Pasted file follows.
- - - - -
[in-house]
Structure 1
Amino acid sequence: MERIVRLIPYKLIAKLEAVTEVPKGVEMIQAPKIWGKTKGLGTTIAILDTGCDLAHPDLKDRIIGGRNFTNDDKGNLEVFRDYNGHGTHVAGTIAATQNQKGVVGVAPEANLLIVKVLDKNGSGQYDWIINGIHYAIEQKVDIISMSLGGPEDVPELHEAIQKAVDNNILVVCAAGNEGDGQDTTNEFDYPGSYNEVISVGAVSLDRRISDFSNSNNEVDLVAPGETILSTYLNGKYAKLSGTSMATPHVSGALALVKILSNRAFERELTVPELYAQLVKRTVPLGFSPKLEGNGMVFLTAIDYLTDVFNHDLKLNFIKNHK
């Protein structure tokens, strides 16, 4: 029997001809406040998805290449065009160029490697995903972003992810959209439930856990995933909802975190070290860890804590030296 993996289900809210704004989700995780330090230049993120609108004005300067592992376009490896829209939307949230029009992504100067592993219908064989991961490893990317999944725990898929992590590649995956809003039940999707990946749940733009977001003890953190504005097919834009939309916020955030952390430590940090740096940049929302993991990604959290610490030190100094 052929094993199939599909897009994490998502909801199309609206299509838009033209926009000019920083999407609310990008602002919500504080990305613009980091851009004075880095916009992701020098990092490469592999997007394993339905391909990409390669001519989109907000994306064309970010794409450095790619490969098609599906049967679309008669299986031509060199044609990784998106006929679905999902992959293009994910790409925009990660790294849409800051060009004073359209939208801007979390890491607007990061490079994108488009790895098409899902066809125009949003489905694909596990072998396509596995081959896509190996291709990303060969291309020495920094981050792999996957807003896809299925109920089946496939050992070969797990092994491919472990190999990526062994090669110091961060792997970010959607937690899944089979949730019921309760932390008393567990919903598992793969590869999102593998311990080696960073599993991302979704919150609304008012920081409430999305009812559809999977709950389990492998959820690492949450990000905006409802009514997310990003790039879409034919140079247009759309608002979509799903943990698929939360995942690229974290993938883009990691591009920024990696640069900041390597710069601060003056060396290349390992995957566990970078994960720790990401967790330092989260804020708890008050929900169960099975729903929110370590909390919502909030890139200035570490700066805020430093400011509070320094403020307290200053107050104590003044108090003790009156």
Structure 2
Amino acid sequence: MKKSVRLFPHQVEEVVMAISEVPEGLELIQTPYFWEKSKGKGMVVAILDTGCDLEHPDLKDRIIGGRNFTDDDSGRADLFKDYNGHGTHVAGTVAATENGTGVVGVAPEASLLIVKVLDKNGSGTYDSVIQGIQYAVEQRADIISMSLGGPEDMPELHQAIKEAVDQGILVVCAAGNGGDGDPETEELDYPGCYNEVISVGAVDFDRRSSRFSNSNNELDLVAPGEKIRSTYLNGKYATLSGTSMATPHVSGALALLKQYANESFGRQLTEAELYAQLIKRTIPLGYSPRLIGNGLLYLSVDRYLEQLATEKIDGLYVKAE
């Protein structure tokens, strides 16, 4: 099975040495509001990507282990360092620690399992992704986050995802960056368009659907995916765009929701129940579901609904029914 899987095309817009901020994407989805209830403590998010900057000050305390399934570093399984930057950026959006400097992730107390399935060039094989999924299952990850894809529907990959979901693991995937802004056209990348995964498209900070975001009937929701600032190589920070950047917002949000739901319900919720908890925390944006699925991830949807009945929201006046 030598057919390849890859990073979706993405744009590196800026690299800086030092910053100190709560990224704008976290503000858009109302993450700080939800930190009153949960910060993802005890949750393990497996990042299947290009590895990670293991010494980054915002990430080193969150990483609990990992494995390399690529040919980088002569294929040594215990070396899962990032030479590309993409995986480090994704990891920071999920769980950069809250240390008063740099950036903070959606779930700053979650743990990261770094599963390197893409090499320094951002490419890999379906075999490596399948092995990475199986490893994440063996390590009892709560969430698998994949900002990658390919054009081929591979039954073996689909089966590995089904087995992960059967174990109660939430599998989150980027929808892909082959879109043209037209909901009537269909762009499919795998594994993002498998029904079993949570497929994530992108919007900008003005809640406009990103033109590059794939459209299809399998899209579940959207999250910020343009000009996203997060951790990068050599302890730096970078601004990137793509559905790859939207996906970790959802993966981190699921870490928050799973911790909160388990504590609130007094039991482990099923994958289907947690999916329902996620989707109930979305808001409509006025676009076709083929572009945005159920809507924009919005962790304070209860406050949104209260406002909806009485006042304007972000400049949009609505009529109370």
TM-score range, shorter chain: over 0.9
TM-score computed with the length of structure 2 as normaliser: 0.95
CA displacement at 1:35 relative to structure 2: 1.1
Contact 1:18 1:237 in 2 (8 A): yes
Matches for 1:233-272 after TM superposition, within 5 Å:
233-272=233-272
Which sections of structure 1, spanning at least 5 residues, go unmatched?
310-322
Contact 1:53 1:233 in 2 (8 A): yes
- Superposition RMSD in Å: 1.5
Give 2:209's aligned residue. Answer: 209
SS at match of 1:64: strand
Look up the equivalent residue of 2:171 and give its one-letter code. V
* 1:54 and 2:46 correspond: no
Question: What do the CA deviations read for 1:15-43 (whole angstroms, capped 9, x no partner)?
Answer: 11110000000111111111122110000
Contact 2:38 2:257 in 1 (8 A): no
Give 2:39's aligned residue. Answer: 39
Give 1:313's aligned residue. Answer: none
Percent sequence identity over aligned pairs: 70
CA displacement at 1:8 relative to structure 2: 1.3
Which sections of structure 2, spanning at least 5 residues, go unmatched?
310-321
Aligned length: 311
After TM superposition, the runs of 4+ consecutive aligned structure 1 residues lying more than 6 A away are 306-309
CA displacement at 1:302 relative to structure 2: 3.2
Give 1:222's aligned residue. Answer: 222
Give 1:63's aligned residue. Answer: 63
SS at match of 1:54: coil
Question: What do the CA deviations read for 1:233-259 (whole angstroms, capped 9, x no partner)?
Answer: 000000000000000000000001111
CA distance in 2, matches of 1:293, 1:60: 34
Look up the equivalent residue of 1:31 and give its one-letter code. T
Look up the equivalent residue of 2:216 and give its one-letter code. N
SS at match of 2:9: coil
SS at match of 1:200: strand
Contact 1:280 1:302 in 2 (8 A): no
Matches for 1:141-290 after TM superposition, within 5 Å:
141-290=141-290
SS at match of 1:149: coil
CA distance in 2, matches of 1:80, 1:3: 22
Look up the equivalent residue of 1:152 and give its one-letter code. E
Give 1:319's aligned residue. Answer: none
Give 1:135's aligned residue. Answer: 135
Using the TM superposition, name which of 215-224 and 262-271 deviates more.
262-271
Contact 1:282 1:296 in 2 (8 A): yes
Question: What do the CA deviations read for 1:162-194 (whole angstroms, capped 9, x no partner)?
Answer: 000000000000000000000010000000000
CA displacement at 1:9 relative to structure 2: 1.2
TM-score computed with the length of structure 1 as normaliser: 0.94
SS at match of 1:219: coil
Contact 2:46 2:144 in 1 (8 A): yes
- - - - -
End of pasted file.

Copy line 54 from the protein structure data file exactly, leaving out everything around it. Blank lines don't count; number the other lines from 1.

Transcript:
Contact 1:282 1:296 in 2 (8 A): yes